Delayed Delivery may Have Caused Brain Injury High Court Told in Birth Injury Compensation Action

The High Court has been told that a girl with cerebral palsy may not have been inflicted with any brain injury had she been delivered ten minutes earlier.

Taking the birth injury compensation action through her mother Martine, Faye Walsh (7) sued the Health Service Executive and two consultant obstetricians, claiming that medical negligence and a breach of agreement in relation to the management and circumstances of her birth took place at University Hospital Galway on August 15, 2011. The defendants deny the allegations.

Mrs Walsh was a private patient of Dr Una Conway, a consultant obstetrician, throughout her pregnancy with Fay, Dr Conway and Dr Declan Egan, the second defendant obstetrician, run their own private medical practices at Brooklawn Practice, Brooklawn House, Galway West Business Park, and also practice as consultants in the Galway hospital.

Mrs Walsh opted for a private obstetrician as she had one previous birth by caesarean section and experienced serious abdominal injuries following a road accident in 2008. One of the main disputes in the legal action relates to the information that Mrs Walsh was given regarding the risks of a vaginal delivery. The defendants claim that the options and risks were explained and argue that Mrs Walsh wanted, and agreed to, a vaginal delivery.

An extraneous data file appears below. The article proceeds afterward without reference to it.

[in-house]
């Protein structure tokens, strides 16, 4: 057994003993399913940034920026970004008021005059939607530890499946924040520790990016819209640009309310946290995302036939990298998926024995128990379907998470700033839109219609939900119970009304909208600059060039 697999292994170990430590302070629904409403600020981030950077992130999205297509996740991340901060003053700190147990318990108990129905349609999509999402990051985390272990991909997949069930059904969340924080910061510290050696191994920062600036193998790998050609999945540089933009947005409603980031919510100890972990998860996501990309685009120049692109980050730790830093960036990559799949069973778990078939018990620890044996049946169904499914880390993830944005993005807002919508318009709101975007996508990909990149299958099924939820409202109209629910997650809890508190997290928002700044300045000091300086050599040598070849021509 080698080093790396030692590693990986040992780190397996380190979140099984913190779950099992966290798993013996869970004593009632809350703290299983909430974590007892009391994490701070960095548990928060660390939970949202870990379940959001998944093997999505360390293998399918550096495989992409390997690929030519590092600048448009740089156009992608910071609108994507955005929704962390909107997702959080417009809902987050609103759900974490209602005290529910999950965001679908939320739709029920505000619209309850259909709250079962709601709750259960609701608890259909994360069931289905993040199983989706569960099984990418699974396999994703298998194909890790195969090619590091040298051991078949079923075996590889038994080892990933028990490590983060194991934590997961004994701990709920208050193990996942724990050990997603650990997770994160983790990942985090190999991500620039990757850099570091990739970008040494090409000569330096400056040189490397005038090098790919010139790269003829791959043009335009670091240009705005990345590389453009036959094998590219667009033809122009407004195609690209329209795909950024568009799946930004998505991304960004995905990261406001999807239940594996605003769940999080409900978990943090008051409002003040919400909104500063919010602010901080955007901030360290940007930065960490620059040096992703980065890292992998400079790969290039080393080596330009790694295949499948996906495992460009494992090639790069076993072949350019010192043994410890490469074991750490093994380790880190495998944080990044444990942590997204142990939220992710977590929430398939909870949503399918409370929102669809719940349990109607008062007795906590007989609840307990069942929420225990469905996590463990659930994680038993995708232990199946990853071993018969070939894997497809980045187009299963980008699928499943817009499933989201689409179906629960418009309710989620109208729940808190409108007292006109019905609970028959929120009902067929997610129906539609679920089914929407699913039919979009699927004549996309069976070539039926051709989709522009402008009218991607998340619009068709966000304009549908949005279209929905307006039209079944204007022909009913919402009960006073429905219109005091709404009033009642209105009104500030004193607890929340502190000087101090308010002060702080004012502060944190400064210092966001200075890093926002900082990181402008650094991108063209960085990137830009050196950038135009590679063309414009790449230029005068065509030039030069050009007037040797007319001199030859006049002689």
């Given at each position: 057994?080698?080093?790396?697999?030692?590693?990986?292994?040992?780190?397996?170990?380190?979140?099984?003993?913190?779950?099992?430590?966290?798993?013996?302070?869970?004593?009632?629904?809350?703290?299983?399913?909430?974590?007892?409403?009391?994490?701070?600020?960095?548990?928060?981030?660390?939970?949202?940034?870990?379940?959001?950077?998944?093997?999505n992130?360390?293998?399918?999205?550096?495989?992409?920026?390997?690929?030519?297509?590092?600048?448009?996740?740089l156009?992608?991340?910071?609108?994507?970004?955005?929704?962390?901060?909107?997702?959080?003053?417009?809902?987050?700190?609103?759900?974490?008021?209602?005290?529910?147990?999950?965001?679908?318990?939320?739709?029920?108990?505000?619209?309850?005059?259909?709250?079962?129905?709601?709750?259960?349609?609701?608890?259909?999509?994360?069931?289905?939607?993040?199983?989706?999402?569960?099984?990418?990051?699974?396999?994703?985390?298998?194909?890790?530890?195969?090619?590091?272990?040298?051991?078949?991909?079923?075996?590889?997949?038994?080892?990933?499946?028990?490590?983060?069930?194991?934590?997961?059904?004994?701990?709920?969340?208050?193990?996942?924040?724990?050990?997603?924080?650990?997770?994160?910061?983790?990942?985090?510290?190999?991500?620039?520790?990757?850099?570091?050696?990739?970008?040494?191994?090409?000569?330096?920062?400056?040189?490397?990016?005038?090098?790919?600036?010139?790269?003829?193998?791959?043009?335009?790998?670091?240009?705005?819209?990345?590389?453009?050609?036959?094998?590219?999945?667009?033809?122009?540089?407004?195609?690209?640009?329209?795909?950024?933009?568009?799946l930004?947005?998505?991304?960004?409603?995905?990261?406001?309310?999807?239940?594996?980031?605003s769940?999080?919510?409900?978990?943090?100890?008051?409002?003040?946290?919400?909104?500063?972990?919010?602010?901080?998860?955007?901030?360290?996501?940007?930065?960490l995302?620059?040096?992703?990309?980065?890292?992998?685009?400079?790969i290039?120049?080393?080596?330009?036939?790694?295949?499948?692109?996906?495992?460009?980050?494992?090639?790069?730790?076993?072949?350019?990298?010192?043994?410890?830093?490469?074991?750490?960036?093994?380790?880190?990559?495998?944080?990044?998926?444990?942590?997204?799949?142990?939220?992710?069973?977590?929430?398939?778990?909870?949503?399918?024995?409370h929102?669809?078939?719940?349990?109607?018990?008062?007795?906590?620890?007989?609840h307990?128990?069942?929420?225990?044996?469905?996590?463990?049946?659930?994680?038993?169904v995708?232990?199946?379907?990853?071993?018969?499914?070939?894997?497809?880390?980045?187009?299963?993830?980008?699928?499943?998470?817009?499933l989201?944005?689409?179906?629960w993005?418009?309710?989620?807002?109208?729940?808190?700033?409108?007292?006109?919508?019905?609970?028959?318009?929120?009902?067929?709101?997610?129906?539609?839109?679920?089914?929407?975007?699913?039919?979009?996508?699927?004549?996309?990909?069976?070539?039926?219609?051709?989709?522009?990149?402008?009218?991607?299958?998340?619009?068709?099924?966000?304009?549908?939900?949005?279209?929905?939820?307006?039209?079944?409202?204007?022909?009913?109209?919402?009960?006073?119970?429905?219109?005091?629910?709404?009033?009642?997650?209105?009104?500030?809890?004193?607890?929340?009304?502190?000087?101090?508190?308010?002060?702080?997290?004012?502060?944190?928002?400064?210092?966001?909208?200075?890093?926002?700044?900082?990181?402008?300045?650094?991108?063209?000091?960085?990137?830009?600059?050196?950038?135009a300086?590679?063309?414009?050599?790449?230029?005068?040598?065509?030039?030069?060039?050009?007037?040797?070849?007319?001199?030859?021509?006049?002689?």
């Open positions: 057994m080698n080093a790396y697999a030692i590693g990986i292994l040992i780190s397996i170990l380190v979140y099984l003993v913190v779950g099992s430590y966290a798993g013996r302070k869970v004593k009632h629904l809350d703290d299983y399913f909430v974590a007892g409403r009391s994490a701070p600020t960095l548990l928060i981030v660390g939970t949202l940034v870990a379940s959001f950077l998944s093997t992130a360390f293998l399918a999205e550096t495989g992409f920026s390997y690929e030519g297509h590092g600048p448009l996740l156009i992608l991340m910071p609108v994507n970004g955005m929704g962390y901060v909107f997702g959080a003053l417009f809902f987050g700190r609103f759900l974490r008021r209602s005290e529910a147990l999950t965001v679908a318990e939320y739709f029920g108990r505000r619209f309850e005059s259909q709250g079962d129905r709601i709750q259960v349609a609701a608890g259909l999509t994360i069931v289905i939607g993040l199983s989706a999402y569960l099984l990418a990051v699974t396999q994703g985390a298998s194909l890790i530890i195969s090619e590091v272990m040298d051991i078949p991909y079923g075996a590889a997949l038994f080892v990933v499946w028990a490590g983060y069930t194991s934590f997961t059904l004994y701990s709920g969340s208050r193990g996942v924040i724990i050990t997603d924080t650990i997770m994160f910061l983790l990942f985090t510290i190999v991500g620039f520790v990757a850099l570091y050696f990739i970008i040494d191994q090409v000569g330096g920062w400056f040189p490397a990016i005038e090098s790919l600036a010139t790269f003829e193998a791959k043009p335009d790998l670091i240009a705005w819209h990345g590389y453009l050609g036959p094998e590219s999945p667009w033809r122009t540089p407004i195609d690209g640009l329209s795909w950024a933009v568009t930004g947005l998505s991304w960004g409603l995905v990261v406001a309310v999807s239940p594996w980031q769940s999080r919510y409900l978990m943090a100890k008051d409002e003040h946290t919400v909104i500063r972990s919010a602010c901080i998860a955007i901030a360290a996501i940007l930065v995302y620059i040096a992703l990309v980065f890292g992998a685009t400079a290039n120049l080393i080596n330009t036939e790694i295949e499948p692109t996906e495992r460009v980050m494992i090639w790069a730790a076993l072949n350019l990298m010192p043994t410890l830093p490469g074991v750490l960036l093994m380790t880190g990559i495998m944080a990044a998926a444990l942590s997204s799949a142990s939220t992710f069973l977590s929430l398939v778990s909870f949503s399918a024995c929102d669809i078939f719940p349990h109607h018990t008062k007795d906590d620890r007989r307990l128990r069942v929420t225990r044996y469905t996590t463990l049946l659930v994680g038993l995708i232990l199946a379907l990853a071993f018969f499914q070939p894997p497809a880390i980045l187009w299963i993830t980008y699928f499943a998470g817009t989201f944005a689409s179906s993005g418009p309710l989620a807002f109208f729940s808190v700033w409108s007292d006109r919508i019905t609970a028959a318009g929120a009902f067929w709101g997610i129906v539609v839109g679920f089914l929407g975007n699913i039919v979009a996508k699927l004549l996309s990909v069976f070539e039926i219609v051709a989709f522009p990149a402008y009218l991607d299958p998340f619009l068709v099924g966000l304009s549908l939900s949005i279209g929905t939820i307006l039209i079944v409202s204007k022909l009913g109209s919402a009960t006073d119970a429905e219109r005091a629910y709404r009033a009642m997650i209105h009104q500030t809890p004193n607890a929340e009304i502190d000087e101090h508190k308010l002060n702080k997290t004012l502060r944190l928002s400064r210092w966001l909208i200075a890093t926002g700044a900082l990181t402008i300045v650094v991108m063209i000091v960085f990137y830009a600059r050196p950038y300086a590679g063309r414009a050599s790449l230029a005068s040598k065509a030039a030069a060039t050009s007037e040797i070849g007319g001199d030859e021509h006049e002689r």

The HSE denies that delivery was unreasonably delayed and said that vacuum assisted delivery using a plastic or metal cup attached to the baby’s head was also reasonable.

In her legal action Mrs Walsh says that she was aware that Dr Conway was on annual leave in August 2011 and would not be present at the delivery but claims that she had been advised by Dr Conway that Dr Egan would be there and was familiar with her history.

The defendants do not agree that Mrs Walsh was told Dr Egan would be present. They argue that Mrs Walsh was given an information sheet stating her delivery would be supervised, in the event of Dr Conway being absent, by a covering consultant obstetrician on call for the hospital.

Mrs Walsh claims that neither defendant obstetrician was called to the hospital when, or after, Ms Walsh went into labour about 11pm on Sunday August 14, 2011, despite requests for this by both her and her husband. The court was informed that the on call hospital obstetrician was called to the hospital from his home around 4.30am on the morning of August 15.

The official record of the birth shows that an obstetric registrar was also called and used a Kiwi cup to the baby’s head and that the on-call obstetrician completed the delivery of the baby at 4.55am. Faye was delivered in very poor health and had to be immediately resuscitated. She has spastic quadriplegia, is non verbal, a full time wheelchair user and will require 24-hour care for the rest of her life.

Most of her care is provided by her parents and she is a “happy, content and smiling child” who gets on well at her community primary school and loves the TV cartoon Peppa Pig, the judge was told.

The case is expected to last a number of weeks.

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